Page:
Stainless steel has long been recognized for its ability to withstand tremendous pressure, harsh temperatures, and exposure to chemicals. Extremely durable, stainless steel is available in two common types: 304 stainless steel and 316 stainless steel. Of the two types, 316 is considered a purer, higher-quality steel. In searching for stainless steel valves for a project in Pennsylvania or New Jersey, it's important to understand the various types of valves available, to ensure that the right value is chosen for the job requirements. Each type of stainless steel valve serves a very distinct purpose. Such valves are used in a number of industries around the world, including water management, chemical processing, and food production.
Check valves are commonly used for the prevention of backflow into a pipeline. A stainless steel ball check valve incorporates the use of a sphere located inside the body of the value, thus allowing flow to occur in only one direction. This type of design is critical for systems involving water purification or filtering. Stainless is the preferred metal of choice for this type of valve design, as it is able to hold up to water exposure.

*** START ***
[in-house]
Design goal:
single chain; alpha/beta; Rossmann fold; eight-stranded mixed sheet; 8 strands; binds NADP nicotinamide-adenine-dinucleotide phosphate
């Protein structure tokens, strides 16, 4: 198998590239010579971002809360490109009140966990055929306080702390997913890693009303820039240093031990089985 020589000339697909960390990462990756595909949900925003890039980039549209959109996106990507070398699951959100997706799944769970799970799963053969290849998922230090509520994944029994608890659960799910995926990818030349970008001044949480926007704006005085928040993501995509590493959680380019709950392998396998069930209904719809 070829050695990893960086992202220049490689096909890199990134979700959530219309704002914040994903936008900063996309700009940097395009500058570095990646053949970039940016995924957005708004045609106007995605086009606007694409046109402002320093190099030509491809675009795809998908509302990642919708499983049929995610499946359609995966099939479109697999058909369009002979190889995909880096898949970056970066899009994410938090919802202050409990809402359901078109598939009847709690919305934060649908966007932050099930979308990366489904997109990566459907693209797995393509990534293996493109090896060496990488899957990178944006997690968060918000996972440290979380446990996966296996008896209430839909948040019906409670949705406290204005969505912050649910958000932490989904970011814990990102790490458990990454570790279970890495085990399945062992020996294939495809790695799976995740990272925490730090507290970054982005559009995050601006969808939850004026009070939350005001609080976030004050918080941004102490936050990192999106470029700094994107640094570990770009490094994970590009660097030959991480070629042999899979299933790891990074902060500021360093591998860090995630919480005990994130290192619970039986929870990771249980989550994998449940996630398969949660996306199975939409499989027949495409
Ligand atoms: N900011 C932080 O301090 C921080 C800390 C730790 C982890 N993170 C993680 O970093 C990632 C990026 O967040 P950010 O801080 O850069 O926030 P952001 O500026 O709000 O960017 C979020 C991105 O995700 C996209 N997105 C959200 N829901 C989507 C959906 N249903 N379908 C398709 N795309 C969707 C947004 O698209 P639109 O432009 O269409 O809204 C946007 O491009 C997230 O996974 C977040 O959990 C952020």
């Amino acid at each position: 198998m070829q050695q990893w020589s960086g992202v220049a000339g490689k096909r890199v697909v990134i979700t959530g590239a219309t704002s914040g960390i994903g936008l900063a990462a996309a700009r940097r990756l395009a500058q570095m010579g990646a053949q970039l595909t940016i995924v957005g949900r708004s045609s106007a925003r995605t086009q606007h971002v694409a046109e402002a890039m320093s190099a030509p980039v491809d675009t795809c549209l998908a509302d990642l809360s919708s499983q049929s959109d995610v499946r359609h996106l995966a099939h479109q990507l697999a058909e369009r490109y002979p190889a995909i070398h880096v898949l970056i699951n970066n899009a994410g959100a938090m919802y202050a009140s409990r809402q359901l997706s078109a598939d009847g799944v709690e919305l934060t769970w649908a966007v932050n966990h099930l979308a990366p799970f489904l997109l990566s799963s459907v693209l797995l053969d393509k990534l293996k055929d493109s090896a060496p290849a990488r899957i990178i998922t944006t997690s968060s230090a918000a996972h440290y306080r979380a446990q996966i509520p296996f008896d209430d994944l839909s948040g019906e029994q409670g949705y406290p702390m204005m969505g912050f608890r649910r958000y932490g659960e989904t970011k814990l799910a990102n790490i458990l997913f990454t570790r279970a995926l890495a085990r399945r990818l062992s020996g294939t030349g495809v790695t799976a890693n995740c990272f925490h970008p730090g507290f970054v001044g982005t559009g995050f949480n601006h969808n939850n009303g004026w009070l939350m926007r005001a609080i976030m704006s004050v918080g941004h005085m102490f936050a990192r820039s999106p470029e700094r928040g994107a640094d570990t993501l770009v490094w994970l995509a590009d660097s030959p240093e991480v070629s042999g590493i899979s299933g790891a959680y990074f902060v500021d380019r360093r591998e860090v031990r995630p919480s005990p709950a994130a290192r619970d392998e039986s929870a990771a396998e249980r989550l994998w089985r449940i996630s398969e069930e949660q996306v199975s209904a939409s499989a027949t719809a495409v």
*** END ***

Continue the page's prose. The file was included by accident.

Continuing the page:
A stainless steel gate valve functions as an on/off valve. The gate or disc located inside the value is raised and then lowered while a handle is turned. Such valves are not ideally suited for regulating flow, and using them in that manner could result in damage to the disc mechanism. Two styles of gate valves are available: rising stem and non-rising stem.
Knife valves are actually similar in nature to gate valves. The main difference is that a knife valve is more compact than a gate valve.
Ball valves are typically used as a type of on/off control without incurring a drop in pressure. These types of valves are ideally suited for situations requiring a quick shut-off. A 90-degree turn can complete a shut-off with this valve, as opposed to the multiple turns that would typically be necessary for manual valves.
In situations in which flow needs to be controlled with the movement of a diaphragm, a diaphragm valve is commonly used. Different types of pressure, including upstream, downstream, and even pressure from an external source, such as hydraulic or pneumatic, can be used for changing the diaphragm's position.